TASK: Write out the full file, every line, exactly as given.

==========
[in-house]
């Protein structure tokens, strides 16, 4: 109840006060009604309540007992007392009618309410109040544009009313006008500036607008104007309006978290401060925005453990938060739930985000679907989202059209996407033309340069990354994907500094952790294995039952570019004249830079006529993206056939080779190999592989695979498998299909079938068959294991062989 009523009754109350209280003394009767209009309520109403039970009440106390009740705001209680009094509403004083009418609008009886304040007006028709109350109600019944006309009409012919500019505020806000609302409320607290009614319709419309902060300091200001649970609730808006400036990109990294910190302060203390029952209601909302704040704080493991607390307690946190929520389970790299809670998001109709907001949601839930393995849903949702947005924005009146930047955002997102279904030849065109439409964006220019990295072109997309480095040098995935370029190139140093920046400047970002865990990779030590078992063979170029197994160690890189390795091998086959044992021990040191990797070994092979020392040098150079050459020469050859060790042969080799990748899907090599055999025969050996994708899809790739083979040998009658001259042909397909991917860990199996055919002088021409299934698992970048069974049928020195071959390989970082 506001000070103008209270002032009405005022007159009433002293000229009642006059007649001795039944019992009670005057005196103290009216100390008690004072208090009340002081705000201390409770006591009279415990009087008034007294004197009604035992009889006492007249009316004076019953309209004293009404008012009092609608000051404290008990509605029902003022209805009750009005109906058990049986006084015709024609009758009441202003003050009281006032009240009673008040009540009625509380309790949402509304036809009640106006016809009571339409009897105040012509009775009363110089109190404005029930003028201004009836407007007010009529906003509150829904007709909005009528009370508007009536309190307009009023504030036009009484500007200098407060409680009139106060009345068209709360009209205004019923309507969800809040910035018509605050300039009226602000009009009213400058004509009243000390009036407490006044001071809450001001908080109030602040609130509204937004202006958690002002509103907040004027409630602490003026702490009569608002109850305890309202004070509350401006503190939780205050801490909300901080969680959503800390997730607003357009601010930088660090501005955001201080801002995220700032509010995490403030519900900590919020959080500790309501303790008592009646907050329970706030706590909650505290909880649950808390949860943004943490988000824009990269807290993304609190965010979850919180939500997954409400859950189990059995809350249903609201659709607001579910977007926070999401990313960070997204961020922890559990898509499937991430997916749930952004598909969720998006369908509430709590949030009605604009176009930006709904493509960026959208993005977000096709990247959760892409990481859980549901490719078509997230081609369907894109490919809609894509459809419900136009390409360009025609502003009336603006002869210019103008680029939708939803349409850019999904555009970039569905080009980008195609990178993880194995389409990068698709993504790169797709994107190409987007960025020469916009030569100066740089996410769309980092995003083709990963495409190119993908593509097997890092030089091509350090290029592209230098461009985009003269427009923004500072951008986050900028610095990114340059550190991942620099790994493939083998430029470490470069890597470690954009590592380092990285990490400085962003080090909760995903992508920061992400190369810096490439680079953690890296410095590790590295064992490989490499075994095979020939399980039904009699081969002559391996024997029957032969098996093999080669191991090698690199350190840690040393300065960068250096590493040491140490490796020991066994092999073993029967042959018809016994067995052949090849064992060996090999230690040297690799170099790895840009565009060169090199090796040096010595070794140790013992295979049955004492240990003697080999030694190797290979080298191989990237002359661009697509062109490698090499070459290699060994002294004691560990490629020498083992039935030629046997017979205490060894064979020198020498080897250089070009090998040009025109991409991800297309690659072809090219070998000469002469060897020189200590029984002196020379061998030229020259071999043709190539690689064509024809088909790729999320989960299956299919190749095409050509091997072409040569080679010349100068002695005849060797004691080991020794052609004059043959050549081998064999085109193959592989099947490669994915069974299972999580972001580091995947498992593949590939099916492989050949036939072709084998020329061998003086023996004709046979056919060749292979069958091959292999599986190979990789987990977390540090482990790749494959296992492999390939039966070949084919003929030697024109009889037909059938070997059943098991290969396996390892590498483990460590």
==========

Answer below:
[in-house]
């Protein structure tokens, strides 16, 4: 109840006060009604309540007992007392009618309410109040544009009313006008500036607008104007309006978290401060925005453990938060739930985000679907989202059209996407033309340069990354994907500094952790294995039952570019004249830079006529993206056939080779190999592989695979498998299909079938068959294991062989 009523009754109350209280003394009767209009309520109403039970009440106390009740705001209680009094509403004083009418609008009886304040007006028709109350109600019944006309009409012919500019505020806000609302409320607290009614319709419309902060300091200001649970609730808006400036990109990294910190302060203390029952209601909302704040704080493991607390307690946190929520389970790299809670998001109709907001949601839930393995849903949702947005924005009146930047955002997102279904030849065109439409964006220019990295072109997309480095040098995935370029190139140093920046400047970002865990990779030590078992063979170029197994160690890189390795091998086959044992021990040191990797070994092979020392040098150079050459020469050859060790042969080799990748899907090599055999025969050996994708899809790739083979040998009658001259042909397909991917860990199996055919002088021409299934698992970048069974049928020195071959390989970082 506001000070103008209270002032009405005022007159009433002293000229009642006059007649001795039944019992009670005057005196103290009216100390008690004072208090009340002081705000201390409770006591009279415990009087008034007294004197009604035992009889006492007249009316004076019953309209004293009404008012009092609608000051404290008990509605029902003022209805009750009005109906058990049986006084015709024609009758009441202003003050009281006032009240009673008040009540009625509380309790949402509304036809009640106006016809009571339409009897105040012509009775009363110089109190404005029930003028201004009836407007007010009529906003509150829904007709909005009528009370508007009536309190307009009023504030036009009484500007200098407060409680009139106060009345068209709360009209205004019923309507969800809040910035018509605050300039009226602000009009009213400058004509009243000390009036407490006044001071809450001001908080109030602040609130509204937004202006958690002002509103907040004027409630602490003026702490009569608002109850305890309202004070509350401006503190939780205050801490909300901080969680959503800390997730607003357009601010930088660090501005955001201080801002995220700032509010995490403030519900900590919020959080500790309501303790008592009646907050329970706030706590909650505290909880649950808390949860943004943490988000824009990269807290993304609190965010979850919180939500997954409400859950189990059995809350249903609201659709607001579910977007926070999401990313960070997204961020922890559990898509499937991430997916749930952004598909969720998006369908509430709590949030009605604009176009930006709904493509960026959208993005977000096709990247959760892409990481859980549901490719078509997230081609369907894109490919809609894509459809419900136009390409360009025609502003009336603006002869210019103008680029939708939803349409850019999904555009970039569905080009980008195609990178993880194995389409990068698709993504790169797709994107190409987007960025020469916009030569100066740089996410769309980092995003083709990963495409190119993908593509097997890092030089091509350090290029592209230098461009985009003269427009923004500072951008986050900028610095990114340059550190991942620099790994493939083998430029470490470069890597470690954009590592380092990285990490400085962003080090909760995903992508920061992400190369810096490439680079953690890296410095590790590295064992490989490499075994095979020939399980039904009699081969002559391996024997029957032969098996093999080669191991090698690199350190840690040393300065960068250096590493040491140490490796020991066994092999073993029967042959018809016994067995052949090849064992060996090999230690040297690799170099790895840009565009060169090199090796040096010595070794140790013992295979049955004492240990003697080999030694190797290979080298191989990237002359661009697509062109490698090499070459290699060994002294004691560990490629020498083992039935030629046997017979205490060894064979020198020498080897250089070009090998040009025109991409991800297309690659072809090219070998000469002469060897020189200590029984002196020379061998030229020259071999043709190539690689064509024809088909790729999320989960299956299919190749095409050509091997072409040569080679010349100068002695005849060797004691080991020794052609004059043959050549081998064999085109193959592989099947490669994915069974299972999580972001580091995947498992593949590939099916492989050949036939072709084998020329061998003086023996004709046979056919060749292979069958091959292999599986190979990789987990977390540090482990790749494959296992492999390939039966070949084919003929030697024109009889037909059938070997059943098991290969396996390892590498483990460590």